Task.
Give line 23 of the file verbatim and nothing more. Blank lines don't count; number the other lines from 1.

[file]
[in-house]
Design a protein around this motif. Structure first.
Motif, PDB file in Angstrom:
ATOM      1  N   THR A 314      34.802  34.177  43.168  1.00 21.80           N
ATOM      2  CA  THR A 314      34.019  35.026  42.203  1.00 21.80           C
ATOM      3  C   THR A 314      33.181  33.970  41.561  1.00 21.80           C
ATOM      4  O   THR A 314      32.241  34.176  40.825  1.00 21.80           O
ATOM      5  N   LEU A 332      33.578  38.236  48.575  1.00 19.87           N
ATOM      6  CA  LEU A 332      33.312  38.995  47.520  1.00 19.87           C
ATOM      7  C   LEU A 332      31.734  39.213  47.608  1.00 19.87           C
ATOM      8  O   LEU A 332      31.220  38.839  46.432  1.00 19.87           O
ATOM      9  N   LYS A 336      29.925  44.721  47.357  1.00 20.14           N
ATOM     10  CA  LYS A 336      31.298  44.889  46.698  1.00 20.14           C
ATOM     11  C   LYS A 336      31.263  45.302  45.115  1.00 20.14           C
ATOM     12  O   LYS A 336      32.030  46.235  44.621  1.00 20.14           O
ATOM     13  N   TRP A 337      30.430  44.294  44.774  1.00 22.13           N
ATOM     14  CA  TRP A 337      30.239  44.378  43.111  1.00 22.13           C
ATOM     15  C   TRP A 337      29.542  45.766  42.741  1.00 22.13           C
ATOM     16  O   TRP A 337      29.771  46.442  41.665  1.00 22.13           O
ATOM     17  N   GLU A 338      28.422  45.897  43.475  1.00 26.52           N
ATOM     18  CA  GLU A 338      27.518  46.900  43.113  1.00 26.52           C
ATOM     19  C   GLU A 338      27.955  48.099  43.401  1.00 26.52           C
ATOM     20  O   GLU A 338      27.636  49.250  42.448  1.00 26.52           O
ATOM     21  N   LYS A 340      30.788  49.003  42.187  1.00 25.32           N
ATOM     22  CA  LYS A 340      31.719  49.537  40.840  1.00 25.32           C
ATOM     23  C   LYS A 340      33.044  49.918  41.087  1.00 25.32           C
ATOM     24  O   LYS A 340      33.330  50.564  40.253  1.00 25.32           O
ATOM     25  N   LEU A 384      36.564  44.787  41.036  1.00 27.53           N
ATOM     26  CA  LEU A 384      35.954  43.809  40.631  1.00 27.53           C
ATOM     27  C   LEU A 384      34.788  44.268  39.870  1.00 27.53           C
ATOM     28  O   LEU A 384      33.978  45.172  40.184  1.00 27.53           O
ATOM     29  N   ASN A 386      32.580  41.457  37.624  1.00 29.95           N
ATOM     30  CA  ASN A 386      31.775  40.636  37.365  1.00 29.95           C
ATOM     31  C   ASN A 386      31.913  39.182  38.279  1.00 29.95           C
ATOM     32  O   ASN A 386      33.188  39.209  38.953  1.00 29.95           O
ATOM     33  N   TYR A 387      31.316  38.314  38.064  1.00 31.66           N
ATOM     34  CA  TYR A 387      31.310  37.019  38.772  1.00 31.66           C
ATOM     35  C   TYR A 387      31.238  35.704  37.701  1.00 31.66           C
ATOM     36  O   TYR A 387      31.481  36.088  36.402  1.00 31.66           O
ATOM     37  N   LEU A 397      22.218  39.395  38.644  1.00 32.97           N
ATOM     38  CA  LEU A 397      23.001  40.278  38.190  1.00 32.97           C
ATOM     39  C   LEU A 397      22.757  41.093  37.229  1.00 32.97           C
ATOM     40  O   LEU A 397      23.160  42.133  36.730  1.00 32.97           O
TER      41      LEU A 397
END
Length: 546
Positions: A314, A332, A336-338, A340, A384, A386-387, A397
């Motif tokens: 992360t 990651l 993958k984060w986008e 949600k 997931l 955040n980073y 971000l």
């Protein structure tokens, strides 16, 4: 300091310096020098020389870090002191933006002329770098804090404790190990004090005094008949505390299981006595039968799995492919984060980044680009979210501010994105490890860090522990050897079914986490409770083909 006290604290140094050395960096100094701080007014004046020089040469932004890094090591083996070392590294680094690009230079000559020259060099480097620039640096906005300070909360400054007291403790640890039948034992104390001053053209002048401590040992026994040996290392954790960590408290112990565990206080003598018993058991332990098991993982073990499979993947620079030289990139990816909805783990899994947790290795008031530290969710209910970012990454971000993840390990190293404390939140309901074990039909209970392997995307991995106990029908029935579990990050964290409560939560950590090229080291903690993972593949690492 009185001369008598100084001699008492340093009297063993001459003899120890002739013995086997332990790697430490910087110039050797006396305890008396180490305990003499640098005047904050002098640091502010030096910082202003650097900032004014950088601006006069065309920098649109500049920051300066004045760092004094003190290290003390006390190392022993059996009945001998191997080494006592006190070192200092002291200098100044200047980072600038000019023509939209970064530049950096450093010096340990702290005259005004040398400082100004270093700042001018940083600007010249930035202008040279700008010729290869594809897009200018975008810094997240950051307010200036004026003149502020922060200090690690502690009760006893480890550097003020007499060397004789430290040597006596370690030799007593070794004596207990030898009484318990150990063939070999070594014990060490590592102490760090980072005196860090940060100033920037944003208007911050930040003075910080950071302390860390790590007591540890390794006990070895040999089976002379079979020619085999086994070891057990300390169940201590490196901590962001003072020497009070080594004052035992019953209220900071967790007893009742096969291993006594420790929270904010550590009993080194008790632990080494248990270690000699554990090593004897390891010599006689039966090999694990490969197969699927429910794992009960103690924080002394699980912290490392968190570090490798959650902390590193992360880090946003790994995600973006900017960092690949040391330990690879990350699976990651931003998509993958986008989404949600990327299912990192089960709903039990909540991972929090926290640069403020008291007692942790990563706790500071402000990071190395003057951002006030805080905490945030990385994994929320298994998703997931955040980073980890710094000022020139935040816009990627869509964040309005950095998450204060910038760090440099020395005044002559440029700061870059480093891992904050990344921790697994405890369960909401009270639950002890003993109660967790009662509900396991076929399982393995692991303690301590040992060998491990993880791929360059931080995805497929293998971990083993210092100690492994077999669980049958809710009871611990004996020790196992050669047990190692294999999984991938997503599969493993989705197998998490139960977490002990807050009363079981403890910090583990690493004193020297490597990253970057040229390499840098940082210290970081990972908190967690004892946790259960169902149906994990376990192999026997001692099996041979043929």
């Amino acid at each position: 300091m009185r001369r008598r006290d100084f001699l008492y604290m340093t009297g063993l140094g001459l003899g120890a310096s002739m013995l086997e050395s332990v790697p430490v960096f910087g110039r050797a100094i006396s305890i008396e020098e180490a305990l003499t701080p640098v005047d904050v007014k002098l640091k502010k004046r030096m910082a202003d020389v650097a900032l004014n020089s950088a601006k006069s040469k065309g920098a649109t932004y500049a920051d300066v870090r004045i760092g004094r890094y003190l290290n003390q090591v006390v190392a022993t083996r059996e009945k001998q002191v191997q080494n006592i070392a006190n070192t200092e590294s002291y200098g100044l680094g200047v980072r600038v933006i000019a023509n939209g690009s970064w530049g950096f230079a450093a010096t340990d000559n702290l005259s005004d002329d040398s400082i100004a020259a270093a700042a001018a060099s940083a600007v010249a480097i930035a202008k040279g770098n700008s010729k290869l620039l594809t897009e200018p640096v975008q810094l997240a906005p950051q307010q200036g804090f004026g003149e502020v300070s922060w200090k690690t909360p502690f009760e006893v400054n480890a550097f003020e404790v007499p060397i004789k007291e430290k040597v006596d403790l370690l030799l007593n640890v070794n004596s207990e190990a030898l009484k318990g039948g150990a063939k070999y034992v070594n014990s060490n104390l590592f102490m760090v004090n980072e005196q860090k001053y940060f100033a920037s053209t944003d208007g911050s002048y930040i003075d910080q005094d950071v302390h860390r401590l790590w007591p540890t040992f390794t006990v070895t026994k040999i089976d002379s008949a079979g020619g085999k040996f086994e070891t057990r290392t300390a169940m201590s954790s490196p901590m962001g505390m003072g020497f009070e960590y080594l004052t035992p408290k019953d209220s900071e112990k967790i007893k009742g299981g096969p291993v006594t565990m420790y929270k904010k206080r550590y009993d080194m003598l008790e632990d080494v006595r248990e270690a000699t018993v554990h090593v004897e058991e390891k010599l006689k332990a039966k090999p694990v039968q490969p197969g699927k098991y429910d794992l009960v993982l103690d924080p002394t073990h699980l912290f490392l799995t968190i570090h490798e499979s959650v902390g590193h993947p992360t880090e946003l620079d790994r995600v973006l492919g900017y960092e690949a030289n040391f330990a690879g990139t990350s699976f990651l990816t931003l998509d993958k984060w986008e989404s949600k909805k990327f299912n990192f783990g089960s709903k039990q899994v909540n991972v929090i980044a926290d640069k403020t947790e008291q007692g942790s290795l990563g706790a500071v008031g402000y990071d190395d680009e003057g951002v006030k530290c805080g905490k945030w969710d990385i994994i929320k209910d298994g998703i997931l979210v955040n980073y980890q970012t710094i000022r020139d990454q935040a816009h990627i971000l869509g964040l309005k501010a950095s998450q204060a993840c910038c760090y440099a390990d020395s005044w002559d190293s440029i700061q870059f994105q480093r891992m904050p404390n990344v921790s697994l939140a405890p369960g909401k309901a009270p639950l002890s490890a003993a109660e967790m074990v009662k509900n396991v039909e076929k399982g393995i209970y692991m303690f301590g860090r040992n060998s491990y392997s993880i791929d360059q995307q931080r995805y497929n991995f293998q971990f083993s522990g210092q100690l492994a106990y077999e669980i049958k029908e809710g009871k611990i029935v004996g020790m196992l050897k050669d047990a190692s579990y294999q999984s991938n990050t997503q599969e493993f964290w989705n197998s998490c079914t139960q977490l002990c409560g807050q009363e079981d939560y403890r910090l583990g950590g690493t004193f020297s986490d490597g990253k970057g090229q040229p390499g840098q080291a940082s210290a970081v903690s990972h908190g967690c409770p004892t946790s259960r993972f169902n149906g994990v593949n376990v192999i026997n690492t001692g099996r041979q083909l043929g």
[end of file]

ATOM     20  O   GLU A 338      27.636  49.250  42.448  1.00 26.52           O